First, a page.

viral shedding

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viral shedding

[′vī·rəl ′shed·iŋ]
(virology)
Excretion of virus from a specific site in the body or from a lesion.
References in periodicals archive ?
As with other viral infections, the presence of IgG indicates previous exposure or infection but does not indicate active virus shedding.
Other types of vaccines can protect birds from the disease's clinical signs, but barely reduce the virus shedding in their respiratory secretions after infection.
In the 8th edition the independent review board selected the following projects to be awarded: Assessment of the impact of PCV2 infection on hepatitis E virus shedding in experimentally co-infected SPF pigs.
4) Increased resistance rates are found in treated individuals with prolonged virus shedding, such as populations with an immature or compromised immune system.
The researchers also tested the impact of wearing a surgical mask on the virus shedding into airborne droplets.
Viremia, virus shedding, and antibody response during natural avian polyomavirus infection in parrots.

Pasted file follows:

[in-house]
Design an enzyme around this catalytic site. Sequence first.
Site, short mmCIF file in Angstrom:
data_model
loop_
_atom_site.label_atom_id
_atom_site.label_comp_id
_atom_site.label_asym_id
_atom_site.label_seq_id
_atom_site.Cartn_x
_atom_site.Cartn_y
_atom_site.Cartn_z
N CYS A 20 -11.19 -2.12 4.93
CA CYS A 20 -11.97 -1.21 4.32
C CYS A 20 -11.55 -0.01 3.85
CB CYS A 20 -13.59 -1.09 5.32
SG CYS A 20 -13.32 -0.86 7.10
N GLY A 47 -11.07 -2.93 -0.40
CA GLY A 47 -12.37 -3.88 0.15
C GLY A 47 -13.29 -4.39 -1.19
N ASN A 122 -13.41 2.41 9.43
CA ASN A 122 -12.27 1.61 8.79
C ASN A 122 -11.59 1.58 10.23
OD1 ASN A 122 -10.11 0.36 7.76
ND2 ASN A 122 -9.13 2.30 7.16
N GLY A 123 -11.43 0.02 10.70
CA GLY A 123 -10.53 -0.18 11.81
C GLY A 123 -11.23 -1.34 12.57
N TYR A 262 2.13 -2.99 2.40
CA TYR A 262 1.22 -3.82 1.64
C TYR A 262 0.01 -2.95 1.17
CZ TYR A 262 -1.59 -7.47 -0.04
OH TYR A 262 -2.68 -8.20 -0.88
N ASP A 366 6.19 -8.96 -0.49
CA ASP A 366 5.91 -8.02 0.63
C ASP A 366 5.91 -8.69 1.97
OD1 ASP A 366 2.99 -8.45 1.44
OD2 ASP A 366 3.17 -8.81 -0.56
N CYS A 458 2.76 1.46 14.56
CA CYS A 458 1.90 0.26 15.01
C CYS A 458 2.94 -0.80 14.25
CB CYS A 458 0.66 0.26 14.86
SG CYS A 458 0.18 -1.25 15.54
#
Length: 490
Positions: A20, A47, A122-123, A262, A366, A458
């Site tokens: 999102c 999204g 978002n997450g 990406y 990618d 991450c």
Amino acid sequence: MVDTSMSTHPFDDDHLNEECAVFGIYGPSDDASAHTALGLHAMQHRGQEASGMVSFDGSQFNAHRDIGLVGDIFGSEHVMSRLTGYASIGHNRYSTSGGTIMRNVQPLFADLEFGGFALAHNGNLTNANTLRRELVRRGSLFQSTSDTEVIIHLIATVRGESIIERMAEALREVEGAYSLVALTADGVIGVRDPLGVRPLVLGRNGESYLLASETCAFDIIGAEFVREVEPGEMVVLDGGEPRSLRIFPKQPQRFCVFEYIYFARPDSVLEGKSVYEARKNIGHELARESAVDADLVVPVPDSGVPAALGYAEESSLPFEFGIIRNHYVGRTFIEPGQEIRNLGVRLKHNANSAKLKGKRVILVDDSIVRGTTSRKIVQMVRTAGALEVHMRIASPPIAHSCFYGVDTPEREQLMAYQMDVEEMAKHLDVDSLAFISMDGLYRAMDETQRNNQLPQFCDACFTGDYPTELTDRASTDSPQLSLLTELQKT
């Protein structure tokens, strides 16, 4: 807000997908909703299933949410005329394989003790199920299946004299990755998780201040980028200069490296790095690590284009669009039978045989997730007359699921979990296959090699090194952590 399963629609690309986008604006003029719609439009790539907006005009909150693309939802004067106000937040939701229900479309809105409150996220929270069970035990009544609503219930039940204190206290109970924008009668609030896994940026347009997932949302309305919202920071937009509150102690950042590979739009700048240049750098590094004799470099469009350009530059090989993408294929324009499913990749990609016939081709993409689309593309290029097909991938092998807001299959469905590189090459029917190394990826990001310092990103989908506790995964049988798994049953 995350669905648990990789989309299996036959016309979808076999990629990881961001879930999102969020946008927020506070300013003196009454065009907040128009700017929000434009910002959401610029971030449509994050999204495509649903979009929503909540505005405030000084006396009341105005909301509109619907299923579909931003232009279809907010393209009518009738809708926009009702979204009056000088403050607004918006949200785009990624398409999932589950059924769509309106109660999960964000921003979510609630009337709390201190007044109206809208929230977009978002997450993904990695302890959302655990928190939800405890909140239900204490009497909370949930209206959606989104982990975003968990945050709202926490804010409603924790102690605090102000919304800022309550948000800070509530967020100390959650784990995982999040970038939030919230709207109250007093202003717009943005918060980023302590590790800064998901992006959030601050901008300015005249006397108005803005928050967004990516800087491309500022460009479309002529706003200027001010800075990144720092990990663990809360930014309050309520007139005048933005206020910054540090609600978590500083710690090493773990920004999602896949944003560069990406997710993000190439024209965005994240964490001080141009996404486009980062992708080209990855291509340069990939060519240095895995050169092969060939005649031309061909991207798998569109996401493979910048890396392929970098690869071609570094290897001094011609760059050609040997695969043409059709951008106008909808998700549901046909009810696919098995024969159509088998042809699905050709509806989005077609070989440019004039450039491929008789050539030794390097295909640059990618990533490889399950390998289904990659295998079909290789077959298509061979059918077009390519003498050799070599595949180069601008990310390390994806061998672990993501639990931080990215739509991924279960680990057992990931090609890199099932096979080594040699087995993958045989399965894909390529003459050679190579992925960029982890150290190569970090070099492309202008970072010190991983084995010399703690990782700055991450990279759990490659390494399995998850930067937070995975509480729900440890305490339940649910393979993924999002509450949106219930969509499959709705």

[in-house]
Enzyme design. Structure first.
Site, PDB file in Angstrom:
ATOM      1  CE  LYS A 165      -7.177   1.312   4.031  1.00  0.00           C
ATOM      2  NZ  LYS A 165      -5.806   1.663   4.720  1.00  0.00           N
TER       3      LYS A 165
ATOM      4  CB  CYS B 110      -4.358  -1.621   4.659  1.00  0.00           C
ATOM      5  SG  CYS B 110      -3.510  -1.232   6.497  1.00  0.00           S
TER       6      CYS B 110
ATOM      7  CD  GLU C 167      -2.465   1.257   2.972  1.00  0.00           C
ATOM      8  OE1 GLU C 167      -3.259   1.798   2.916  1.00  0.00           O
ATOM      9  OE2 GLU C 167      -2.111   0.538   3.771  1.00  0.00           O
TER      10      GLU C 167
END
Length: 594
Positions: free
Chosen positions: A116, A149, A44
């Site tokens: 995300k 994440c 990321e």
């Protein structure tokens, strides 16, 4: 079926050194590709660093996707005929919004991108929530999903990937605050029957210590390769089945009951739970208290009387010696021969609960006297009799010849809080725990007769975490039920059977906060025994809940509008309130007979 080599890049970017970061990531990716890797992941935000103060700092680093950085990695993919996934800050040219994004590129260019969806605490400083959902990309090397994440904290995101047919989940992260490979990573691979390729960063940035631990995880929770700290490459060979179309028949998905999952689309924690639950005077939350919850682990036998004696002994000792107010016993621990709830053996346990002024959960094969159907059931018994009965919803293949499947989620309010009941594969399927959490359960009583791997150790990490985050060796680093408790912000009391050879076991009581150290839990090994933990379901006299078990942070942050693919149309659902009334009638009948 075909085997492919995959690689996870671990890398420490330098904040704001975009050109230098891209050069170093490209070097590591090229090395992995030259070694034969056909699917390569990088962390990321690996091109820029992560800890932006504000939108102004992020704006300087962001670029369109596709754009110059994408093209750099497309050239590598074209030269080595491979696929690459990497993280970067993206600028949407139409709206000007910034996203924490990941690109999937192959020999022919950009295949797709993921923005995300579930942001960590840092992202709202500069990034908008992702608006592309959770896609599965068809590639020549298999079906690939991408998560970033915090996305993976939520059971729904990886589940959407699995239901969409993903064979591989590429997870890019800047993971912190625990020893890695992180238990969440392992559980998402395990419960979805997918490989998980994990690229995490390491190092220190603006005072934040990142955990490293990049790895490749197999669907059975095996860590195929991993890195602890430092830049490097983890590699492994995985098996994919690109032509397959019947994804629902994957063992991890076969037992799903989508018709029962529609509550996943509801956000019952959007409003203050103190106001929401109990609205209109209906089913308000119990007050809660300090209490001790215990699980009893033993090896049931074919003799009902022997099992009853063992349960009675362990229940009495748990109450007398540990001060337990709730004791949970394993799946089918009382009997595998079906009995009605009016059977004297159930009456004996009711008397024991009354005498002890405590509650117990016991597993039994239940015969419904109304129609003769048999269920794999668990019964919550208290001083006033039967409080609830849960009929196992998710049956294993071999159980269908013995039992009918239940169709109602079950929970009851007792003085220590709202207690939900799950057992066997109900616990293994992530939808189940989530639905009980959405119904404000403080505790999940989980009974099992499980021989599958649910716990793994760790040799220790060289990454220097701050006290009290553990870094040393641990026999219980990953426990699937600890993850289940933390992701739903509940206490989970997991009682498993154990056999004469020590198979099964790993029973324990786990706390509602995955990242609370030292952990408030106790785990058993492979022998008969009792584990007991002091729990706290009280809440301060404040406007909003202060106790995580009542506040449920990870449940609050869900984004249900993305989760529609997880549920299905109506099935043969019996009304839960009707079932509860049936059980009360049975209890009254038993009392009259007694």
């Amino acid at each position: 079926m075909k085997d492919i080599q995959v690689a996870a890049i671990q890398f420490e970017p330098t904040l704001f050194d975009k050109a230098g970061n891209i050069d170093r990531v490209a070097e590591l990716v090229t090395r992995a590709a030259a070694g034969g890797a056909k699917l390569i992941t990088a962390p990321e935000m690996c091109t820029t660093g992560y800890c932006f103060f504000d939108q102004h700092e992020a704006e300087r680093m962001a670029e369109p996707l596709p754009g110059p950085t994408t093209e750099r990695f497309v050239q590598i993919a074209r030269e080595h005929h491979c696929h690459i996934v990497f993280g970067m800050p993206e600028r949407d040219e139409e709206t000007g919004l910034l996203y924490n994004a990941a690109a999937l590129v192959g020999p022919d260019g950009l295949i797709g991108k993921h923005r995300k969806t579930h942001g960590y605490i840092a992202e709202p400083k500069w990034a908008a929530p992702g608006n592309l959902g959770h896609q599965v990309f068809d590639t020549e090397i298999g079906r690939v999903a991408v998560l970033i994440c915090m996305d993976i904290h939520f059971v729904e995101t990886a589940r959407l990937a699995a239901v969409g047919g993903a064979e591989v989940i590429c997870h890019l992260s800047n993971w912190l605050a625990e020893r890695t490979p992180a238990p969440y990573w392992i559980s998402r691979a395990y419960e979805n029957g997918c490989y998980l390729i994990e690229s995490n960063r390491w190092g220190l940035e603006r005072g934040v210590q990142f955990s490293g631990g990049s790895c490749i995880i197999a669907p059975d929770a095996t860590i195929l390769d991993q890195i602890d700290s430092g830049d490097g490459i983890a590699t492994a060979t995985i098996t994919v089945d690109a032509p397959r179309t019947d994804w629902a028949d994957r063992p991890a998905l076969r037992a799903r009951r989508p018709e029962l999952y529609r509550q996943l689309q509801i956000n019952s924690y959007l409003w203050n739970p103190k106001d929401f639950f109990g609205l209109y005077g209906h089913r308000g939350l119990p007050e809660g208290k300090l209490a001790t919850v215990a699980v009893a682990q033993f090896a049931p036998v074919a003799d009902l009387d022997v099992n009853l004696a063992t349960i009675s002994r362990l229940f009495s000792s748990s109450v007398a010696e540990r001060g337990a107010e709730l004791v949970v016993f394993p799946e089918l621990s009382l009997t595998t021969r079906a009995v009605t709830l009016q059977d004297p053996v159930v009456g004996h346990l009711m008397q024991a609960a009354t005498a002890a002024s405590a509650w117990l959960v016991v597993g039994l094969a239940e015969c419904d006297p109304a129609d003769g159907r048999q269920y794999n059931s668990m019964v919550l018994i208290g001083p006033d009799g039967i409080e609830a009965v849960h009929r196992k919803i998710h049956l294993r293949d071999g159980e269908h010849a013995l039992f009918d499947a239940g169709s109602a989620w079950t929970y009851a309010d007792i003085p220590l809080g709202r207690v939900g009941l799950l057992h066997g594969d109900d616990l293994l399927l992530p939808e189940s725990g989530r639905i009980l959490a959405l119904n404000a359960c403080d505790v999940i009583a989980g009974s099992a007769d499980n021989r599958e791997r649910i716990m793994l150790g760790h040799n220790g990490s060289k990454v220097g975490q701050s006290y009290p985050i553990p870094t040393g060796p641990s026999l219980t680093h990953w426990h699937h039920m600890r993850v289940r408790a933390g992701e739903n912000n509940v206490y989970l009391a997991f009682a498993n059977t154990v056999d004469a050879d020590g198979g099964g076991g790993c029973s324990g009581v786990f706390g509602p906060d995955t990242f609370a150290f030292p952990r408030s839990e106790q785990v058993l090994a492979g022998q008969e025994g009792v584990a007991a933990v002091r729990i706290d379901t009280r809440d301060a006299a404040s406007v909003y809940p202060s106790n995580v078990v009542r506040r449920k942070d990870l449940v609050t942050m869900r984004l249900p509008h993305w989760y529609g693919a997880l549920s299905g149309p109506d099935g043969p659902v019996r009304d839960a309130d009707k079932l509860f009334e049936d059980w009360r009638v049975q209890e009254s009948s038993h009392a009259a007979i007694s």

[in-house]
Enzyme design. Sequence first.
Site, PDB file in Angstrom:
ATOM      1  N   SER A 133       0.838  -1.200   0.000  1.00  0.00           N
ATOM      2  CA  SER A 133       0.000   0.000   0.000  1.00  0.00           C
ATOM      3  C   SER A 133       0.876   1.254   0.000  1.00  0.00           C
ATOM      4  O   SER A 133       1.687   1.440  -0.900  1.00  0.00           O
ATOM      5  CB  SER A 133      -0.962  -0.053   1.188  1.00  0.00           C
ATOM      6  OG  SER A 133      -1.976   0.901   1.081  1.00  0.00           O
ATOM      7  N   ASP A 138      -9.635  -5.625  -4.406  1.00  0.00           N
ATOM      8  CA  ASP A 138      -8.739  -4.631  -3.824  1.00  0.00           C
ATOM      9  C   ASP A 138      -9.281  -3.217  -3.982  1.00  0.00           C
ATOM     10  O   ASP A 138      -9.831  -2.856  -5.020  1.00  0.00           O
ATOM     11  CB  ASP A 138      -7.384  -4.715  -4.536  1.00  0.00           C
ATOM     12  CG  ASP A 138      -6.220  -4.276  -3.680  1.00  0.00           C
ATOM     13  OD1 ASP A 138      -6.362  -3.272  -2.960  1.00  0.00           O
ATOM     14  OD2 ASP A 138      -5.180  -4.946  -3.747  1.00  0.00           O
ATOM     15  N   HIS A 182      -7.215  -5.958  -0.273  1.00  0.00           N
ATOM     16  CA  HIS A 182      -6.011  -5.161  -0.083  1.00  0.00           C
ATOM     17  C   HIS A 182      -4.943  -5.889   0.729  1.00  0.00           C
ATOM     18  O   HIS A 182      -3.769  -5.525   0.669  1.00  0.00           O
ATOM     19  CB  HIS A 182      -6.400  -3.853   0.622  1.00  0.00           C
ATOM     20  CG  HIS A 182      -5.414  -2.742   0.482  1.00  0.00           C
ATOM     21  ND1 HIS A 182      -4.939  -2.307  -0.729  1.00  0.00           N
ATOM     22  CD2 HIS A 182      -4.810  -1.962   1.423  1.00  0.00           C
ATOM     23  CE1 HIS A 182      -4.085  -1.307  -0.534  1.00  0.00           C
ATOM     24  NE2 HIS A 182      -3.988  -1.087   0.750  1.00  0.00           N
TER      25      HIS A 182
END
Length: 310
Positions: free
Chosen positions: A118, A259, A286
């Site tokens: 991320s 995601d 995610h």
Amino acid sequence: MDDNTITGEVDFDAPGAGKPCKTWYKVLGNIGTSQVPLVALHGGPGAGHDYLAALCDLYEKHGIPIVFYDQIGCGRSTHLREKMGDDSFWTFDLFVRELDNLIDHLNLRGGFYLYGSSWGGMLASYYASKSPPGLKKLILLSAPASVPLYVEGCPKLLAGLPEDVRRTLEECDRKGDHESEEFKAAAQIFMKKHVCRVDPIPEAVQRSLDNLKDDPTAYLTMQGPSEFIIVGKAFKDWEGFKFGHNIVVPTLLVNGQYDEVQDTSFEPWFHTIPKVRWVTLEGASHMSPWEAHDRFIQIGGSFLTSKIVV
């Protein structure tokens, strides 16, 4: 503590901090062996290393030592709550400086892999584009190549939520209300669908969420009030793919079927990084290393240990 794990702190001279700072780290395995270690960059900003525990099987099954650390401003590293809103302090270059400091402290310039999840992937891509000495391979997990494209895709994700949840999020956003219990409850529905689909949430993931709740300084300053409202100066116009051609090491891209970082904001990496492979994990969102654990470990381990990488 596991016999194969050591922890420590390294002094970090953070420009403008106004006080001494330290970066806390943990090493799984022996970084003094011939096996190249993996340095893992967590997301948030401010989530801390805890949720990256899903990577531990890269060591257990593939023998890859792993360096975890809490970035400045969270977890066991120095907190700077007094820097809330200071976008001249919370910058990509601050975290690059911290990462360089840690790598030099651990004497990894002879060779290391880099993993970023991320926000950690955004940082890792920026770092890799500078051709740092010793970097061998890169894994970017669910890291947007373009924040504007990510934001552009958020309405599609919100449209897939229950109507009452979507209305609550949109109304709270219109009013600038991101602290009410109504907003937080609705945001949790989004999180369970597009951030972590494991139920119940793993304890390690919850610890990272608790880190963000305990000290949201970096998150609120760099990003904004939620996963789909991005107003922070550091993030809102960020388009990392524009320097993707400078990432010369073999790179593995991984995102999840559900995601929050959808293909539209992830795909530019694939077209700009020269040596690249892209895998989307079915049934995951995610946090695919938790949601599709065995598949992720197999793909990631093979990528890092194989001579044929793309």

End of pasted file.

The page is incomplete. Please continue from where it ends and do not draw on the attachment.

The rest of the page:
The convalescence phase ranges from 3 to 6 weeks but fatigue, right upper quadrant faecal virus shedding, can occur in 3 - 20% of cases and is usually less severe than the original episode.
Davies was funded by their public institutions; one coauthor acknowledged funding from the Wellcome Trust for a virus-sequencing pipeline project, and another received funding from Roche for an influenza virus shedding study in oseltamivir-treated patients.
Furthermore, detection of virus shedding, especially by RT-PCR, may not be the only factor in determining infectivity, (19) and further work is required for accurate modeling of virus transmission in a susceptible population.
All HSV-2 infections are permanent and result in periodic virus shedding.
In people who have had at least one outbreak of blistering from genital herpes, the drug famciclovir sharply reduces virus shedding from the external portions of the genitalia, a new study finds.